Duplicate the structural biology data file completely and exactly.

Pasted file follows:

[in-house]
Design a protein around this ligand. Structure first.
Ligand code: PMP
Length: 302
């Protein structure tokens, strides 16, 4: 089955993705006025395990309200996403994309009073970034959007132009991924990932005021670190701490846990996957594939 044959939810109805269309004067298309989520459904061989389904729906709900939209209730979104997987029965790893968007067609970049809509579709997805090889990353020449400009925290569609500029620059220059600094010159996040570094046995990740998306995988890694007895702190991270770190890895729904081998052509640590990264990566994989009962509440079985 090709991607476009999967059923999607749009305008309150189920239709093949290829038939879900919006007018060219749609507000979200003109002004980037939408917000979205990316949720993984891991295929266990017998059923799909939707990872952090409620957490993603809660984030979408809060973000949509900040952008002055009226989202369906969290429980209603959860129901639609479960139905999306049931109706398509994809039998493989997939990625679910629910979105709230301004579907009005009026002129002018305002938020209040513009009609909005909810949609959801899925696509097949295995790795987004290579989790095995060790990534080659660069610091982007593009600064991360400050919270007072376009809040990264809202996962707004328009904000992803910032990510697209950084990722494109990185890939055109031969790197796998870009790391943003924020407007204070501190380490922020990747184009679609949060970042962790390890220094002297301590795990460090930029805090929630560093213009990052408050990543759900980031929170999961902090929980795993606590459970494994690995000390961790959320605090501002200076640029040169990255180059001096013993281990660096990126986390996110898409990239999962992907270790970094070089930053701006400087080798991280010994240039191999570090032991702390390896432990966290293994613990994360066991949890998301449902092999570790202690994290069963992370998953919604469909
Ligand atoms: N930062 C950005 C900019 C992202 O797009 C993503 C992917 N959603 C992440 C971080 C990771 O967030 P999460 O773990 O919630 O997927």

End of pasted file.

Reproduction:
[in-house]
Design a protein around this ligand. Structure first.
Ligand code: PMP
Length: 302
């Protein structure tokens, strides 16, 4: 089955993705006025395990309200996403994309009073970034959007132009991924990932005021670190701490846990996957594939 044959939810109805269309004067298309989520459904061989389904729906709900939209209730979104997987029965790893968007067609970049809509579709997805090889990353020449400009925290569609500029620059220059600094010159996040570094046995990740998306995988890694007895702190991270770190890895729904081998052509640590990264990566994989009962509440079985 090709991607476009999967059923999607749009305008309150189920239709093949290829038939879900919006007018060219749609507000979200003109002004980037939408917000979205990316949720993984891991295929266990017998059923799909939707990872952090409620957490993603809660984030979408809060973000949509900040952008002055009226989202369906969290429980209603959860129901639609479960139905999306049931109706398509994809039998493989997939990625679910629910979105709230301004579907009005009026002129002018305002938020209040513009009609909005909810949609959801899925696509097949295995790795987004290579989790095995060790990534080659660069610091982007593009600064991360400050919270007072376009809040990264809202996962707004328009904000992803910032990510697209950084990722494109990185890939055109031969790197796998870009790391943003924020407007204070501190380490922020990747184009679609949060970042962790390890220094002297301590795990460090930029805090929630560093213009990052408050990543759900980031929170999961902090929980795993606590459970494994690995000390961790959320605090501002200076640029040169990255180059001096013993281990660096990126986390996110898409990239999962992907270790970094070089930053701006400087080798991280010994240039191999570090032991702390390896432990966290293994613990994360066991949890998301449902092999570790202690994290069963992370998953919604469909
Ligand atoms: N930062 C950005 C900019 C992202 O797009 C993503 C992917 N959603 C992440 C971080 C990771 O967030 P999460 O773990 O919630 O997927």